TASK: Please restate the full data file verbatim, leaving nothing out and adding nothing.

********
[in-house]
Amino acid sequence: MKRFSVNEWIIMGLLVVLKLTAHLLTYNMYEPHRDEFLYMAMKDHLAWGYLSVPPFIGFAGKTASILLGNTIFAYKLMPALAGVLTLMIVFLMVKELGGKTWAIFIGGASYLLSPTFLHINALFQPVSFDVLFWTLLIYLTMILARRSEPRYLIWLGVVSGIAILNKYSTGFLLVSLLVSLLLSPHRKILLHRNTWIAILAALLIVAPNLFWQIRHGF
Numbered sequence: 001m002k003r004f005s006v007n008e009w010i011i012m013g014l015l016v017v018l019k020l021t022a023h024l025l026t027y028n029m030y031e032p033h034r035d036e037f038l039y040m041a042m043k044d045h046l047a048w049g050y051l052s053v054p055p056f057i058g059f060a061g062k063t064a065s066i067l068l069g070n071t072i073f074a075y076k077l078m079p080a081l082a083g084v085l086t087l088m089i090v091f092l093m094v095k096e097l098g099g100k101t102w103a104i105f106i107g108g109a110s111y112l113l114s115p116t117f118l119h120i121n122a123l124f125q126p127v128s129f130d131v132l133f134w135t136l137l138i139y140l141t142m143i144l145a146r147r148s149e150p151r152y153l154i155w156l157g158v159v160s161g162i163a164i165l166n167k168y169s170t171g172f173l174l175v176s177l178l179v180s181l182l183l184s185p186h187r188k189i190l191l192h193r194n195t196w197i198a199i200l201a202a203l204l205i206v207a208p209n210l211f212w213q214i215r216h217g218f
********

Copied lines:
[in-house]
Amino acid sequence: MKRFSVNEWIIMGLLVVLKLTAHLLTYNMYEPHRDEFLYMAMKDHLAWGYLSVPPFIGFAGKTASILLGNTIFAYKLMPALAGVLTLMIVFLMVKELGGKTWAIFIGGASYLLSPTFLHINALFQPVSFDVLFWTLLIYLTMILARRSEPRYLIWLGVVSGIAILNKYSTGFLLVSLLVSLLLSPHRKILLHRNTWIAILAALLIVAPNLFWQIRHGF
Numbered sequence: 001m002k003r004f005s006v007n008e009w010i011i012m013g014l015l016v017v018l019k020l021t022a023h024l025l026t027y028n029m030y031e032p033h034r035d036e037f038l039y040m041a042m043k044d045h046l047a048w049g050y051l052s053v054p055p056f057i058g059f060a061g062k063t064a065s066i067l068l069g070n071t072i073f074a075y076k077l078m079p080a081l082a083g084v085l086t087l088m089i090v091f092l093m094v095k096e097l098g099g100k101t102w103a104i105f106i107g108g109a110s111y112l113l114s115p116t117f118l119h120i121n122a123l124f125q126p127v128s129f130d131v132l133f134w135t136l137l138i139y140l141t142m143i144l145a146r147r148s149e150p151r152y153l154i155w156l157g158v159v160s161g162i163a164i165l166n167k168y169s170t171g172f173l174l175v176s177l178l179v180s181l182l183l184s185p186h187r188k189i190l191l192h193r194n195t196w197i198a199i200l201a202a203l204l205i206v207a208p209n210l211f212w213q214i215r216h217g218f